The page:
So I came home and took some time off. It was hard. My characters kept calling out to me, begging for their stories to be finished. Those that were already done, complained about how tired they were of sitting on my computer hard drive, constantly being backed up to make sure they didn’t one day disappear altogether. They wanted to be read by people who would love them.
And that’s all I wanted for them as well. I didn’t need a huge contract with a large advance. Of course that would be nice, but I didn’t need it, and if the truth be known, I wasn’t sure I ever even really wanted that. A contract came with its own set of obligations—new books, topics sometimes chosen at the discretion of the editor and publisher, rather than the characters who spoke to me, written on a schedule that allowed a full year to pass from one publication to the next, and promotion that possibly meant travel and time on the road that I wouldn’t be able to keep up with physically, as well as finding a way to travel when I still have a son at home who needs a parent.
What I wanted was to write the books I wanted, at the speed I wanted to write them, to have the way to publish them, and to find the right audience who wanted to read them. I don’t have a single platform—I have many. I write novels for middle grade, young adult and adult audiences. I write for LDS readers, and non-LDS readers. I write non-fiction for both groups as well, and the range of topics is broad—memoir, education, and history so far, with lots of other ideas swirling around in my head.
The email messages started coming in from the members of my group: “You can’t quit.”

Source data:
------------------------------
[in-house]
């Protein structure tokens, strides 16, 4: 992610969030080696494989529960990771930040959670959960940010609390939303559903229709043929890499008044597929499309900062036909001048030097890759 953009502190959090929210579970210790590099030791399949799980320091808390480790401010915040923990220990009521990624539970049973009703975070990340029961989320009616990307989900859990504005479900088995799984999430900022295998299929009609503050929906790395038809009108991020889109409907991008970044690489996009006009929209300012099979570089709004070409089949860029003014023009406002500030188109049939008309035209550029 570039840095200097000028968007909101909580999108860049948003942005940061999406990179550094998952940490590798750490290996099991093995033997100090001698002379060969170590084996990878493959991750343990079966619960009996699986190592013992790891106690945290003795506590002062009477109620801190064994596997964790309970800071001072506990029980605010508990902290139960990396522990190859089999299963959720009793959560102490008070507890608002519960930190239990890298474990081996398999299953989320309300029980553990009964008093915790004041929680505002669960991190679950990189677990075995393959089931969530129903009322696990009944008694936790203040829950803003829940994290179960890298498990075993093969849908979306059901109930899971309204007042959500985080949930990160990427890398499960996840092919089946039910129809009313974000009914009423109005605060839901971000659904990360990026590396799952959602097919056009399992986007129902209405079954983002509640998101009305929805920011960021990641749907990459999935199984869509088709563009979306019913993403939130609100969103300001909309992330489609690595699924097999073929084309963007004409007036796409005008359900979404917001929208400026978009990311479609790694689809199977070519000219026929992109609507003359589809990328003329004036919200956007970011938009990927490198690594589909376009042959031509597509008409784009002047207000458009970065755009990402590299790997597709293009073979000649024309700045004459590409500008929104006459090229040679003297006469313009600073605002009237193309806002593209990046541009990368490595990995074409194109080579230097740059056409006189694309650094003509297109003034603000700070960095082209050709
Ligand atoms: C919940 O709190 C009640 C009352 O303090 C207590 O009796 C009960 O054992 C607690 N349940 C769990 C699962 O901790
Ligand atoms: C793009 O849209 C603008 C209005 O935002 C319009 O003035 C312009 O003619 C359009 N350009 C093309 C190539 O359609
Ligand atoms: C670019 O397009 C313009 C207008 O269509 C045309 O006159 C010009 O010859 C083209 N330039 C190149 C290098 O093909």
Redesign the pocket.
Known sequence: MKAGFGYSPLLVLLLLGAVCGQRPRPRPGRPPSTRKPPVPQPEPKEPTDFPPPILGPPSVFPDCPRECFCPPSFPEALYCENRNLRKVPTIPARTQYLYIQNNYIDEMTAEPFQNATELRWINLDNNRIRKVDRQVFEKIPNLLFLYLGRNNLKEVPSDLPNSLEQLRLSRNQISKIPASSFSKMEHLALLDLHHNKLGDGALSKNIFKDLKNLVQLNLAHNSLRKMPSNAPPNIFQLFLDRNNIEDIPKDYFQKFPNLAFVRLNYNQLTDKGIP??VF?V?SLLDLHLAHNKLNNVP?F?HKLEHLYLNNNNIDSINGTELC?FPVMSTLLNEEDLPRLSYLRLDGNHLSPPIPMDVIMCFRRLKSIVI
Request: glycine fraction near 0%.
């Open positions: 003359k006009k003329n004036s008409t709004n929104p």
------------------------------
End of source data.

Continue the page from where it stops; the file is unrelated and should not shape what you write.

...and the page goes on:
And the characters in my head told me they were right.
So in December, I made a decision. If publishers didn’t want to buy my books, then I’d need to move on without them. I had readers who were tired of waiting and I was too.
That’s where my 2013 goal came in. I would publish a book-a-month, even if I had to do it on Kindle. I made a list of all the books I had already written that were sitting on my hard drive, waiting for a home. I added the manuscripts that were nearly done as well, and found, that even with not yet counting the two manuscripts I had out waiting for a response from traditional publishers, that I had enough books close enough to completion to meet my goal. (Since then, both of those books have been formally rejected, so they are now a part of my master list of books that will be lining up on Amazon, ready for an instant download to the readers who want them.)
In January, my goal started to become a reality. Leona & Me, Helen Marie was the first entry out of the gate, just like it was the first novel I ever wrote. Based on the stories my mother told me about her childhood, growing up in southern Indiana, this middle grade novel is near and dear to my heart. It was written shortly after my mother passed away and I am thrilled that the two beautiful girls on the front cover are actually my mom, Helen Marie, and my aunt, Leona Mae.